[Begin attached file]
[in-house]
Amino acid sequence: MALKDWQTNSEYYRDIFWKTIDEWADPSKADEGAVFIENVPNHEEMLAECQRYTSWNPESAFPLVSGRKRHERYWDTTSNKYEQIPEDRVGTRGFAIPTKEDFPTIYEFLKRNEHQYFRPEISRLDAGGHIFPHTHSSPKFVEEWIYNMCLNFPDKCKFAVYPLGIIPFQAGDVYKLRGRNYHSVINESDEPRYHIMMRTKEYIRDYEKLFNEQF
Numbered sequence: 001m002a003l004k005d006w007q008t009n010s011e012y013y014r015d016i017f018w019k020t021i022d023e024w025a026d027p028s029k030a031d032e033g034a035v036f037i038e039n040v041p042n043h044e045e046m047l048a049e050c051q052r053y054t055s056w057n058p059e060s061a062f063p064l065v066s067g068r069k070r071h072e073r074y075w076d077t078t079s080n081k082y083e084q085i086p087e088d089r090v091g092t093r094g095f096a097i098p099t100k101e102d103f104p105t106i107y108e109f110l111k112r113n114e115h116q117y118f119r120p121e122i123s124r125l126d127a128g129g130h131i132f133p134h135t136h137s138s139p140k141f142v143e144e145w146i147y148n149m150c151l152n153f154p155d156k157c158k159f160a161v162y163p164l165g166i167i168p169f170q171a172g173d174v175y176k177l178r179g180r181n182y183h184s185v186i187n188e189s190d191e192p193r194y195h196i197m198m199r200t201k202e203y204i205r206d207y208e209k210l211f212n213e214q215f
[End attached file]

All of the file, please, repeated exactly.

[in-house]
Amino acid sequence: MALKDWQTNSEYYRDIFWKTIDEWADPSKADEGAVFIENVPNHEEMLAECQRYTSWNPESAFPLVSGRKRHERYWDTTSNKYEQIPEDRVGTRGFAIPTKEDFPTIYEFLKRNEHQYFRPEISRLDAGGHIFPHTHSSPKFVEEWIYNMCLNFPDKCKFAVYPLGIIPFQAGDVYKLRGRNYHSVINESDEPRYHIMMRTKEYIRDYEKLFNEQF
Numbered sequence: 001m002a003l004k005d006w007q008t009n010s011e012y013y014r015d016i017f018w019k020t021i022d023e024w025a026d027p028s029k030a031d032e033g034a035v036f037i038e039n040v041p042n043h044e045e046m047l048a049e050c051q052r053y054t055s056w057n058p059e060s061a062f063p064l065v066s067g068r069k070r071h072e073r074y075w076d077t078t079s080n081k082y083e084q085i086p087e088d089r090v091g092t093r094g095f096a097i098p099t100k101e102d103f104p105t106i107y108e109f110l111k112r113n114e115h116q117y118f119r120p121e122i123s124r125l126d127a128g129g130h131i132f133p134h135t136h137s138s139p140k141f142v143e144e145w146i147y148n149m150c151l152n153f154p155d156k157c158k159f160a161v162y163p164l165g166i167i168p169f170q171a172g173d174v175y176k177l178r179g180r181n182y183h184s185v186i187n188e189s190d191e192p193r194y195h196i197m198m199r200t201k202e203y204i205r206d207y208e209k210l211f212n213e214q215f